If you are experiencing disharmony or even angry clashes with family members– take heart and hope from reading about Jacob’s trials and triumphs. Remember to take your pain, resentment, hurt and worry to “the God of Jacob.” God was with Jacob through all his many struggles, including the heartaches of “losing” his favorite son, losing his beloved wives, suffering during the famine in Canaan, having to move to Egypt in his old age, and watching his sons struggle with their own families and trials. Out of each struggle, God brought renewal, hope, rescue, and promise. And remember, God will not abandon you (or your children) because your family experiences disharmony or you have wayward family members. Others may pass judgment on appearances, but God sees the heart– He’s in the business of fixing that which is dysfunctional– not promoting those who hide behind a “perfect” facade.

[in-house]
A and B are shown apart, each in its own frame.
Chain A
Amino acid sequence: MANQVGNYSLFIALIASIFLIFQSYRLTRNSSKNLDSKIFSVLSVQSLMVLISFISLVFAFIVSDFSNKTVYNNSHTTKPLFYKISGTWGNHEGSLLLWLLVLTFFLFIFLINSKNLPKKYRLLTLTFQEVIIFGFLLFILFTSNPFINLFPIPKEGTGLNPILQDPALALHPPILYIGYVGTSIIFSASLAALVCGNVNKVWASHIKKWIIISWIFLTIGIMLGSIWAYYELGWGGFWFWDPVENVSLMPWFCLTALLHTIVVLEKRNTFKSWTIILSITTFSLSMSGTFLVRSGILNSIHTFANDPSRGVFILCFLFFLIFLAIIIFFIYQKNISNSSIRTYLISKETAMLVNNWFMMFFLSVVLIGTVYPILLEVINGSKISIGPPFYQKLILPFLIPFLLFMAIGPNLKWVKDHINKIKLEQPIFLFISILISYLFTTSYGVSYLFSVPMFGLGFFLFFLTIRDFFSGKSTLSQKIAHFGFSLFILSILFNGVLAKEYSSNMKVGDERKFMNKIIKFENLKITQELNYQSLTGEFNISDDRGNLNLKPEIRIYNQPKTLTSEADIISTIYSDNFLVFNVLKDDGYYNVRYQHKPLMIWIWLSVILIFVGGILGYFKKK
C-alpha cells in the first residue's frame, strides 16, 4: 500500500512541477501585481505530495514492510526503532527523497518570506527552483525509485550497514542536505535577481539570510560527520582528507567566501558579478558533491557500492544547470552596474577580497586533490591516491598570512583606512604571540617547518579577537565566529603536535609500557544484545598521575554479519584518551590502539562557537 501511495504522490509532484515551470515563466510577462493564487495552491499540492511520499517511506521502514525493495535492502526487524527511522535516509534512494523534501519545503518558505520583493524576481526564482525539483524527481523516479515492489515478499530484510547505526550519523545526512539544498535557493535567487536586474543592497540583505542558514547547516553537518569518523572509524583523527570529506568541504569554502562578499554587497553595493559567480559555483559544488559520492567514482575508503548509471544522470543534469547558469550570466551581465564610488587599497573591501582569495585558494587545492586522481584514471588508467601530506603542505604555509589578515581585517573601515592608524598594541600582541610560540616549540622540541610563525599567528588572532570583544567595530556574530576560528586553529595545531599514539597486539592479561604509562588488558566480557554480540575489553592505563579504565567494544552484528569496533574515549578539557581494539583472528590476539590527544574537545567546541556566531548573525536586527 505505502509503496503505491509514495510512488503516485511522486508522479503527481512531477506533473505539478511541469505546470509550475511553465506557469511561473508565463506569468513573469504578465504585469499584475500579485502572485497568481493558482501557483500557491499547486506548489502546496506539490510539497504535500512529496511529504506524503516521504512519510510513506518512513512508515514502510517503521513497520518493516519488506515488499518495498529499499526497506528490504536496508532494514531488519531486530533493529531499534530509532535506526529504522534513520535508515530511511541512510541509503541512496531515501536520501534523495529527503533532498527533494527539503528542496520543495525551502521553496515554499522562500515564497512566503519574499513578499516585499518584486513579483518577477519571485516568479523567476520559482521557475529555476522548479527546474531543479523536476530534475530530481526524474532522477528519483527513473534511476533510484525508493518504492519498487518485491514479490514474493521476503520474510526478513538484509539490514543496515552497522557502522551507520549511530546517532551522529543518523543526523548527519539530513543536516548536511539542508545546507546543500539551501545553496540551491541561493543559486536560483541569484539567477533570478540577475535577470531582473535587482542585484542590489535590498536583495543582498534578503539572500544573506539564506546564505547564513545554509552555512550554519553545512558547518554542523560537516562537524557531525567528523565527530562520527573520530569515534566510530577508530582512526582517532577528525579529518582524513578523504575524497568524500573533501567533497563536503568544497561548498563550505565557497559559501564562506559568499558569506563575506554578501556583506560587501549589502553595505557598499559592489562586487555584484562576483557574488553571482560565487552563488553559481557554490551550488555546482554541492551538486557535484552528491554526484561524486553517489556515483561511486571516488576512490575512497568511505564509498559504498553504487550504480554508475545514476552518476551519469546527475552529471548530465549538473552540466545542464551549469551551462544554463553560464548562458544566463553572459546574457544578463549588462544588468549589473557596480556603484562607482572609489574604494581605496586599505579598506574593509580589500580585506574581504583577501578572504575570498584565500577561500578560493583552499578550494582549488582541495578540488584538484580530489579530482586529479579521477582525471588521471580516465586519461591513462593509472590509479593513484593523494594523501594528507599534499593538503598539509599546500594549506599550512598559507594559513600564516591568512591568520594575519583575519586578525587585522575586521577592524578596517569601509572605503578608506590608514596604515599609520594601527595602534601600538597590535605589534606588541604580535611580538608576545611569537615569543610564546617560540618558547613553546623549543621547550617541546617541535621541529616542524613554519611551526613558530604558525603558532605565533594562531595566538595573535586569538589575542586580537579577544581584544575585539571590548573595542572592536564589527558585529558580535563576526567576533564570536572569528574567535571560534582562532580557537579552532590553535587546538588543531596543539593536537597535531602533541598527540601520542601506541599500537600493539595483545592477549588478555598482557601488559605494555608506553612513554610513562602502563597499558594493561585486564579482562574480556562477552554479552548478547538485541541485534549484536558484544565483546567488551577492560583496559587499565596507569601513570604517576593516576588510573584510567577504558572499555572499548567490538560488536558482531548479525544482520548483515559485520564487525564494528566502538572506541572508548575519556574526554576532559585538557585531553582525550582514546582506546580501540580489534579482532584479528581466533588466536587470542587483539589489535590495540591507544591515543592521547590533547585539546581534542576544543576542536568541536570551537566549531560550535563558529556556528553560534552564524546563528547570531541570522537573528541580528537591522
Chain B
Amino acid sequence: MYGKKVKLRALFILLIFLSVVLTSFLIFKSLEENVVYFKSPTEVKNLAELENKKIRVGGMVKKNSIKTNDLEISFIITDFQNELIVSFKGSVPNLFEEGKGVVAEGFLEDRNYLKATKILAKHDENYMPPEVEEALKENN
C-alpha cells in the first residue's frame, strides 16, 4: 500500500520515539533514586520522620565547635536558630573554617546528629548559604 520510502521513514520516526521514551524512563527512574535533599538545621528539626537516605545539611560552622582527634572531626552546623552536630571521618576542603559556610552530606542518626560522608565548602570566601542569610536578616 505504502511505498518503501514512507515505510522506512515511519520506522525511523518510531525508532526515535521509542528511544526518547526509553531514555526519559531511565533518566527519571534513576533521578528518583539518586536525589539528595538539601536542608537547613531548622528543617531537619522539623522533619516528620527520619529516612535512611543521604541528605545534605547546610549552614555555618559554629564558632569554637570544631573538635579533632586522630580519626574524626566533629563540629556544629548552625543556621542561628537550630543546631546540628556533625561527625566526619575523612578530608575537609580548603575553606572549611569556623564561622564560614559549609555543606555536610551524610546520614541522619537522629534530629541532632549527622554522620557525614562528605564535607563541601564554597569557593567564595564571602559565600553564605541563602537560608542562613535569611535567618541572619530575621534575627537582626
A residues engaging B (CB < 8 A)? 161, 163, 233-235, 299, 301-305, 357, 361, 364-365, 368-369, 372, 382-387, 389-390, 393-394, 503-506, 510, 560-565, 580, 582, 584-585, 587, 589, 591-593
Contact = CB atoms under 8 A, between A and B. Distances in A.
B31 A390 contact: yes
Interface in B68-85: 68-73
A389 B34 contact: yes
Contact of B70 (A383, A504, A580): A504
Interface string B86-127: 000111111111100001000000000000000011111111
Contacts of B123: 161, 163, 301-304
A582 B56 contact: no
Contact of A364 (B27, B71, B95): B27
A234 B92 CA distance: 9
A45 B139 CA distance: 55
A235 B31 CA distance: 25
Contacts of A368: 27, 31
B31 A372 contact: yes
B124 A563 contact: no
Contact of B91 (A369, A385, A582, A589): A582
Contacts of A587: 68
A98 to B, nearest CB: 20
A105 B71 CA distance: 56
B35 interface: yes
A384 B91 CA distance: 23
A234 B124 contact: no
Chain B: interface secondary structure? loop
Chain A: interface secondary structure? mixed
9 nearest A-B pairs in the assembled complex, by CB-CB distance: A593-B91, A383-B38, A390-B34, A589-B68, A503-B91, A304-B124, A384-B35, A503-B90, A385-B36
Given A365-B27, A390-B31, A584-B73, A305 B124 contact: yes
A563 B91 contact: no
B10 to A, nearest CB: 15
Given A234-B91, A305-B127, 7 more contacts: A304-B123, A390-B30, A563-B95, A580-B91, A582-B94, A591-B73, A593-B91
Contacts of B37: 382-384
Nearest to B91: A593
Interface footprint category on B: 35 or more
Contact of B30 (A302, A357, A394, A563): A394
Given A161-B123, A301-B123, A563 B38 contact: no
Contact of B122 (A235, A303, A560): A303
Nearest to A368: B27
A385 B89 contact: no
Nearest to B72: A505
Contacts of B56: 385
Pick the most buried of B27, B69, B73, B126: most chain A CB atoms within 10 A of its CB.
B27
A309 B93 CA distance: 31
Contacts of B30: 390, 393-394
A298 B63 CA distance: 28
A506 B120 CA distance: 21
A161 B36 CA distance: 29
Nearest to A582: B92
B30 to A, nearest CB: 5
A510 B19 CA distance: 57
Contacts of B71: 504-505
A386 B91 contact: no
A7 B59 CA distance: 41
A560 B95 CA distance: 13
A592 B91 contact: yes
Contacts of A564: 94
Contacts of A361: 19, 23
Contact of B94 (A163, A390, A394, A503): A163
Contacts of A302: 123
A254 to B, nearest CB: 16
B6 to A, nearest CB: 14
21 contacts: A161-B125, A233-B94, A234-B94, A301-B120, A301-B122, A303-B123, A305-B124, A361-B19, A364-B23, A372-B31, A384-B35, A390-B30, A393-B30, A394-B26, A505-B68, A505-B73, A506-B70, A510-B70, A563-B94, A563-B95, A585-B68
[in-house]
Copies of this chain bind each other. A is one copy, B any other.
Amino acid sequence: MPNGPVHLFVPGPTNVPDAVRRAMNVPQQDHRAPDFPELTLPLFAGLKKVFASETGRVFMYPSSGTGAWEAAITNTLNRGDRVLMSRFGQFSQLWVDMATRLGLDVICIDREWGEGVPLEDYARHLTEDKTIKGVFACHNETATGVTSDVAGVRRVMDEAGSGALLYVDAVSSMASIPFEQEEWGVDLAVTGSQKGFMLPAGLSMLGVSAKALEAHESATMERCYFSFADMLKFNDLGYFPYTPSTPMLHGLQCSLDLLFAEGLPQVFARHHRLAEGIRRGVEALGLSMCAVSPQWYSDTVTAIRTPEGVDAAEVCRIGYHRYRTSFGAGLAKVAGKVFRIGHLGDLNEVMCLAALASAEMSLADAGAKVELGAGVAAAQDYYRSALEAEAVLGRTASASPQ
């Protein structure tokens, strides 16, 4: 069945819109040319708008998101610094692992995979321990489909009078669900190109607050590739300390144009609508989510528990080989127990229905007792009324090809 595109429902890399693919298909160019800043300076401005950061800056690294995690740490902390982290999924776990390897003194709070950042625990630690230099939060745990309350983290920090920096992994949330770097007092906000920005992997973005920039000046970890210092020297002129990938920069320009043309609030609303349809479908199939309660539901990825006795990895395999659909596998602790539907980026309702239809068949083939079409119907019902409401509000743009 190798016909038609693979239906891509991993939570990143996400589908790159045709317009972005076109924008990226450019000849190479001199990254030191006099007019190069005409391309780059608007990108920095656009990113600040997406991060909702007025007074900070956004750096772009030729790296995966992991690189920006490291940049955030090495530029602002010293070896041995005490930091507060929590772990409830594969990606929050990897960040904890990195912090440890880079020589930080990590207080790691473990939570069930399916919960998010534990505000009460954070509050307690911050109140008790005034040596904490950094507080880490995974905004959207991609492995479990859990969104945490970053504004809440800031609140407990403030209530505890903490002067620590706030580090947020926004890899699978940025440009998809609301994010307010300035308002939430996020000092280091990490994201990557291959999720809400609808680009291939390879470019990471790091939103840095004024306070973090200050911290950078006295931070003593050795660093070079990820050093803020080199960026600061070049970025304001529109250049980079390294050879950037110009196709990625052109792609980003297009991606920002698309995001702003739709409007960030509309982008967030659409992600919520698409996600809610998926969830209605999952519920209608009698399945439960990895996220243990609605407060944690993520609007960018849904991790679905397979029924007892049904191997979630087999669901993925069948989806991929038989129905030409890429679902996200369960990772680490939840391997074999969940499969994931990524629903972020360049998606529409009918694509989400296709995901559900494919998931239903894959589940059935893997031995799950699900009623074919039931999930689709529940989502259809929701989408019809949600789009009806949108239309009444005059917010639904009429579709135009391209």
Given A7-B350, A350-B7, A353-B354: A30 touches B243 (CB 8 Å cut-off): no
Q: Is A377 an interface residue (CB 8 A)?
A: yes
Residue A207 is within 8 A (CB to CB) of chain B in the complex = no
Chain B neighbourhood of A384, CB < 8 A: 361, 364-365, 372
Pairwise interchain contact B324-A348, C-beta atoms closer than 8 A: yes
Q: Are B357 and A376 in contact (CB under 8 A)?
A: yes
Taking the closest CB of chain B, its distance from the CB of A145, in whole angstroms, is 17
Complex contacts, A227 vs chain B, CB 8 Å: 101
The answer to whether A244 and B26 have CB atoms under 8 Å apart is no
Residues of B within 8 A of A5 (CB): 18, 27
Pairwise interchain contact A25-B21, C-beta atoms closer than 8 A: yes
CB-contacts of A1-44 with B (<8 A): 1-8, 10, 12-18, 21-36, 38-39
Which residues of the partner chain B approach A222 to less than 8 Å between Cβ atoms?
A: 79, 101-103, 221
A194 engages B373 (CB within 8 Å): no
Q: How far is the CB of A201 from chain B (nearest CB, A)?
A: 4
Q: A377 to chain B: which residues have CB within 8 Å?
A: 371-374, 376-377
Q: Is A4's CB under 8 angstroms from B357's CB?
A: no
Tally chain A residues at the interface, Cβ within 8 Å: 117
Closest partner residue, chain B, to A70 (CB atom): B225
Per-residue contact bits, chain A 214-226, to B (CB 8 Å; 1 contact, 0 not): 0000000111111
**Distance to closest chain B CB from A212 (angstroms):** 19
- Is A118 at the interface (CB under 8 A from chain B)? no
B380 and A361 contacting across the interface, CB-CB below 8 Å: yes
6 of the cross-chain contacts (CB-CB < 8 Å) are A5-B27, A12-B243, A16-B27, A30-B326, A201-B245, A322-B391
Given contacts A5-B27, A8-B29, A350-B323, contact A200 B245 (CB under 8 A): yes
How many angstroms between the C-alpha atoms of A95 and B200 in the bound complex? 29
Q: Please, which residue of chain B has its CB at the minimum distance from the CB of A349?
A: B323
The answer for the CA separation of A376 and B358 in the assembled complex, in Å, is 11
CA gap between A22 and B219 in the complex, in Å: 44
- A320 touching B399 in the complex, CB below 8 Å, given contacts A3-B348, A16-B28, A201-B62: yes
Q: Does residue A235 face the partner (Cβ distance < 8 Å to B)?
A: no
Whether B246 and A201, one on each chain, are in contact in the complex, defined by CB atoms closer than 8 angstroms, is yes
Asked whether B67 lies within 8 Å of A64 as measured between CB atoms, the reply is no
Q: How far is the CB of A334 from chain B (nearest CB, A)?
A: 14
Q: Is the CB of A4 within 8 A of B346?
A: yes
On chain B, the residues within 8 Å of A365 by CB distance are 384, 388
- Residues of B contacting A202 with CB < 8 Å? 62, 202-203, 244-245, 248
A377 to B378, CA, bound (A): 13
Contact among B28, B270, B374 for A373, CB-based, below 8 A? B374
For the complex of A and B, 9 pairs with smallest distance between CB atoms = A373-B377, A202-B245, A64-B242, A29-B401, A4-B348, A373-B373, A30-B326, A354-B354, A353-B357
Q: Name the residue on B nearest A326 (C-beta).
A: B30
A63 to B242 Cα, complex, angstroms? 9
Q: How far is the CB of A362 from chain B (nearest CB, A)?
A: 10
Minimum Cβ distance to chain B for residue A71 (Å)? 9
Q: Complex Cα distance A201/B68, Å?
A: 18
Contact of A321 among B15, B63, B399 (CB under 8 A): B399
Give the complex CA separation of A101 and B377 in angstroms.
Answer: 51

Jacob’s family was not perfect– but they were perfectly poised to show God’s power, protection, and grace!
Yesterday was Father’s Day. Father’s Day can be very difficult for many people– in my case, it can be a reminder of how much I miss my Dad, who passed away 20 years ago. Some of my friends have had recent experience in losing a beloved father. For some, the hurt is still there after 50 years, or 70.
For others, it is a difficult day, not because they grieve the loss of a father to death, but because they grieve the absence of a loving father– an absentee father, an unknown father, an abusive father, or a distant, cold, or critical father.